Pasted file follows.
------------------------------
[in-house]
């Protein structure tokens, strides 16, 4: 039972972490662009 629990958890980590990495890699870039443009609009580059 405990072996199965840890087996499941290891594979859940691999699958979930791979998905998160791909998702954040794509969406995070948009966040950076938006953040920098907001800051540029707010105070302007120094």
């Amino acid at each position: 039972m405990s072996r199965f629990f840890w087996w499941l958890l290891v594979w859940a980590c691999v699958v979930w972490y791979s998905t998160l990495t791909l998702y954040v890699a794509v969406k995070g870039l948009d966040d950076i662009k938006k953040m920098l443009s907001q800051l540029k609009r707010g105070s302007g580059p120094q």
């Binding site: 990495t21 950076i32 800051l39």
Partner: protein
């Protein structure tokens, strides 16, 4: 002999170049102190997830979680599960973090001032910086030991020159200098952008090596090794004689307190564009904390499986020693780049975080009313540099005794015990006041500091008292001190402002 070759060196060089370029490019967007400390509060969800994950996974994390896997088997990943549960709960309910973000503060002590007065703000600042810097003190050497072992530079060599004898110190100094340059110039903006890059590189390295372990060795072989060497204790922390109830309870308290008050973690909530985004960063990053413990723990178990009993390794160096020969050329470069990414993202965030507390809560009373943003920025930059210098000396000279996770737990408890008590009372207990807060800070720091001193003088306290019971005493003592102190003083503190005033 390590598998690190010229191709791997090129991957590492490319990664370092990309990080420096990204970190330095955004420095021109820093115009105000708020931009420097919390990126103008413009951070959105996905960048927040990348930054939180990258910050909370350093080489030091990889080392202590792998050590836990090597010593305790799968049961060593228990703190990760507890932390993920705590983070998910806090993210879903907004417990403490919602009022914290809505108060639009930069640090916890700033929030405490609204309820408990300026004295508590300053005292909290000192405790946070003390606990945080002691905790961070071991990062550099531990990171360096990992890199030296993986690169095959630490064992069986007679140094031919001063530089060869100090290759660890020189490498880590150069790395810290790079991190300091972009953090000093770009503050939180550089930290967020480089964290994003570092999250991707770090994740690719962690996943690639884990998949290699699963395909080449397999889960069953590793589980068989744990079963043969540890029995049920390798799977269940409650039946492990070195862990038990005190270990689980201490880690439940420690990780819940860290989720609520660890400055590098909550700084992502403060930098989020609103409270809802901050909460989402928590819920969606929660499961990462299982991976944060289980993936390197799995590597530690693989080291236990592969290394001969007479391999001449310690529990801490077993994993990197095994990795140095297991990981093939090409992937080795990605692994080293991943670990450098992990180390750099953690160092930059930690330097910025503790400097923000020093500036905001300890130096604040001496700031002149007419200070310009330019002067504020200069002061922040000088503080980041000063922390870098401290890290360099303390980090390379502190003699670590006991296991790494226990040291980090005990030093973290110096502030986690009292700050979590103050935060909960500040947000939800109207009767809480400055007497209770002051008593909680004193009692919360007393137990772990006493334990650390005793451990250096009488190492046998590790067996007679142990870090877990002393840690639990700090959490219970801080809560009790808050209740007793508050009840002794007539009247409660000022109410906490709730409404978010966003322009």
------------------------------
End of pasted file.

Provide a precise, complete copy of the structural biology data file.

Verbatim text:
[in-house]
């Protein structure tokens, strides 16, 4: 039972972490662009 629990958890980590990495890699870039443009609009580059 405990072996199965840890087996499941290891594979859940691999699958979930791979998905998160791909998702954040794509969406995070948009966040950076938006953040920098907001800051540029707010105070302007120094």
């Amino acid at each position: 039972m405990s072996r199965f629990f840890w087996w499941l958890l290891v594979w859940a980590c691999v699958v979930w972490y791979s998905t998160l990495t791909l998702y954040v890699a794509v969406k995070g870039l948009d966040d950076i662009k938006k953040m920098l443009s907001q800051l540029k609009r707010g105070s302007g580059p120094q």
């Binding site: 990495t21 950076i32 800051l39």
Partner: protein
């Protein structure tokens, strides 16, 4: 002999170049102190997830979680599960973090001032910086030991020159200098952008090596090794004689307190564009904390499986020693780049975080009313540099005794015990006041500091008292001190402002 070759060196060089370029490019967007400390509060969800994950996974994390896997088997990943549960709960309910973000503060002590007065703000600042810097003190050497072992530079060599004898110190100094340059110039903006890059590189390295372990060795072989060497204790922390109830309870308290008050973690909530985004960063990053413990723990178990009993390794160096020969050329470069990414993202965030507390809560009373943003920025930059210098000396000279996770737990408890008590009372207990807060800070720091001193003088306290019971005493003592102190003083503190005033 390590598998690190010229191709791997090129991957590492490319990664370092990309990080420096990204970190330095955004420095021109820093115009105000708020931009420097919390990126103008413009951070959105996905960048927040990348930054939180990258910050909370350093080489030091990889080392202590792998050590836990090597010593305790799968049961060593228990703190990760507890932390993920705590983070998910806090993210879903907004417990403490919602009022914290809505108060639009930069640090916890700033929030405490609204309820408990300026004295508590300053005292909290000192405790946070003390606990945080002691905790961070071991990062550099531990990171360096990992890199030296993986690169095959630490064992069986007679140094031919001063530089060869100090290759660890020189490498880590150069790395810290790079991190300091972009953090000093770009503050939180550089930290967020480089964290994003570092999250991707770090994740690719962690996943690639884990998949290699699963395909080449397999889960069953590793589980068989744990079963043969540890029995049920390798799977269940409650039946492990070195862990038990005190270990689980201490880690439940420690990780819940860290989720609520660890400055590098909550700084992502403060930098989020609103409270809802901050909460989402928590819920969606929660499961990462299982991976944060289980993936390197799995590597530690693989080291236990592969290394001969007479391999001449310690529990801490077993994993990197095994990795140095297991990981093939090409992937080795990605692994080293991943670990450098992990180390750099953690160092930059930690330097910025503790400097923000020093500036905001300890130096604040001496700031002149007419200070310009330019002067504020200069002061922040000088503080980041000063922390870098401290890290360099303390980090390379502190003699670590006991296991790494226990040291980090005990030093973290110096502030986690009292700050979590103050935060909960500040947000939800109207009767809480400055007497209770002051008593909680004193009692919360007393137990772990006493334990650390005793451990250096009488190492046998590790067996007679142990870090877990002393840690639990700090959490219970801080809560009790808050209740007793508050009840002794007539009247409660000022109410906490709730409404978010966003322009």